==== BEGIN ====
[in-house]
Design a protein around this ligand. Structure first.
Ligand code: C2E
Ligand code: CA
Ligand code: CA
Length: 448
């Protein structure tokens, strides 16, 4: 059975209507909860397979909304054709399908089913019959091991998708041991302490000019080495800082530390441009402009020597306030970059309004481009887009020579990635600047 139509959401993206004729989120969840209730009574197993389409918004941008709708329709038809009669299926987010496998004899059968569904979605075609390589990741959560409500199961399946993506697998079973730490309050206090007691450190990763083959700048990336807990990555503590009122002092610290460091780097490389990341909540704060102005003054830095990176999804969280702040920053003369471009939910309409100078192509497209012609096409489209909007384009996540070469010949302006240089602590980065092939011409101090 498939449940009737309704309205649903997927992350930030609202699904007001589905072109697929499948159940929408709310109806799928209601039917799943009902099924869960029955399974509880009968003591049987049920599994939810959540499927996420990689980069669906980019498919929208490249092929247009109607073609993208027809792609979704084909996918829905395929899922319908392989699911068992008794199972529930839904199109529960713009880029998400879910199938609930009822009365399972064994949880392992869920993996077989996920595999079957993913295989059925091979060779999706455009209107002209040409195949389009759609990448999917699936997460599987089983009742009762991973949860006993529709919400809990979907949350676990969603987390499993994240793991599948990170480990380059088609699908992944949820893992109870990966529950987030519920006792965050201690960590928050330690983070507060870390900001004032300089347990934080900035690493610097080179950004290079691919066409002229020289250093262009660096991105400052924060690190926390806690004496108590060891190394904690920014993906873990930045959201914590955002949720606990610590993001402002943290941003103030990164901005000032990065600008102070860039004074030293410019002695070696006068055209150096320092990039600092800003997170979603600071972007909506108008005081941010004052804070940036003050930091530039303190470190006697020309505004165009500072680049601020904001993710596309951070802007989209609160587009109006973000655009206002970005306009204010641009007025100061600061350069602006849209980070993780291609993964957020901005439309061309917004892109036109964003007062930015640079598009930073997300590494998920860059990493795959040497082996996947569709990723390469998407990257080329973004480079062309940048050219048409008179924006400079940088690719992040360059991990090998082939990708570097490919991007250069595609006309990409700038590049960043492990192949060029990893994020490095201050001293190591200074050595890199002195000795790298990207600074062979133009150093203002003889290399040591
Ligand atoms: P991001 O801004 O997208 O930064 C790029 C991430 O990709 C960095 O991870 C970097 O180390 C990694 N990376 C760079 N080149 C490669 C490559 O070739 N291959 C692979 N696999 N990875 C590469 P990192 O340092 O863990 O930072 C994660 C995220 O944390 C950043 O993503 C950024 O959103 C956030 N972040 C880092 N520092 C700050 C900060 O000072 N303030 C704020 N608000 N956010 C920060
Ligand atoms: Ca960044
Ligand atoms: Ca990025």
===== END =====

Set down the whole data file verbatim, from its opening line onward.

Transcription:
[in-house]
Design a protein around this ligand. Structure first.
Ligand code: C2E
Ligand code: CA
Ligand code: CA
Length: 448
């Protein structure tokens, strides 16, 4: 059975209507909860397979909304054709399908089913019959091991998708041991302490000019080495800082530390441009402009020597306030970059309004481009887009020579990635600047 139509959401993206004729989120969840209730009574197993389409918004941008709708329709038809009669299926987010496998004899059968569904979605075609390589990741959560409500199961399946993506697998079973730490309050206090007691450190990763083959700048990336807990990555503590009122002092610290460091780097490389990341909540704060102005003054830095990176999804969280702040920053003369471009939910309409100078192509497209012609096409489209909007384009996540070469010949302006240089602590980065092939011409101090 498939449940009737309704309205649903997927992350930030609202699904007001589905072109697929499948159940929408709310109806799928209601039917799943009902099924869960029955399974509880009968003591049987049920599994939810959540499927996420990689980069669906980019498919929208490249092929247009109607073609993208027809792609979704084909996918829905395929899922319908392989699911068992008794199972529930839904199109529960713009880029998400879910199938609930009822009365399972064994949880392992869920993996077989996920595999079957993913295989059925091979060779999706455009209107002209040409195949389009759609990448999917699936997460599987089983009742009762991973949860006993529709919400809990979907949350676990969603987390499993994240793991599948990170480990380059088609699908992944949820893992109870990966529950987030519920006792965050201690960590928050330690983070507060870390900001004032300089347990934080900035690493610097080179950004290079691919066409002229020289250093262009660096991105400052924060690190926390806690004496108590060891190394904690920014993906873990930045959201914590955002949720606990610590993001402002943290941003103030990164901005000032990065600008102070860039004074030293410019002695070696006068055209150096320092990039600092800003997170979603600071972007909506108008005081941010004052804070940036003050930091530039303190470190006697020309505004165009500072680049601020904001993710596309951070802007989209609160587009109006973000655009206002970005306009204010641009007025100061600061350069602006849209980070993780291609993964957020901005439309061309917004892109036109964003007062930015640079598009930073997300590494998920860059990493795959040497082996996947569709990723390469998407990257080329973004480079062309940048050219048409008179924006400079940088690719992040360059991990090998082939990708570097490919991007250069595609006309990409700038590049960043492990192949060029990893994020490095201050001293190591200074050595890199002195000795790298990207600074062979133009150093203002003889290399040591
Ligand atoms: P991001 O801004 O997208 O930064 C790029 C991430 O990709 C960095 O991870 C970097 O180390 C990694 N990376 C760079 N080149 C490669 C490559 O070739 N291959 C692979 N696999 N990875 C590469 P990192 O340092 O863990 O930072 C994660 C995220 O944390 C950043 O993503 C950024 O959103 C956030 N972040 C880092 N520092 C700050 C900060 O000072 N303030 C704020 N608000 N956010 C920060
Ligand atoms: Ca960044
Ligand atoms: Ca990025």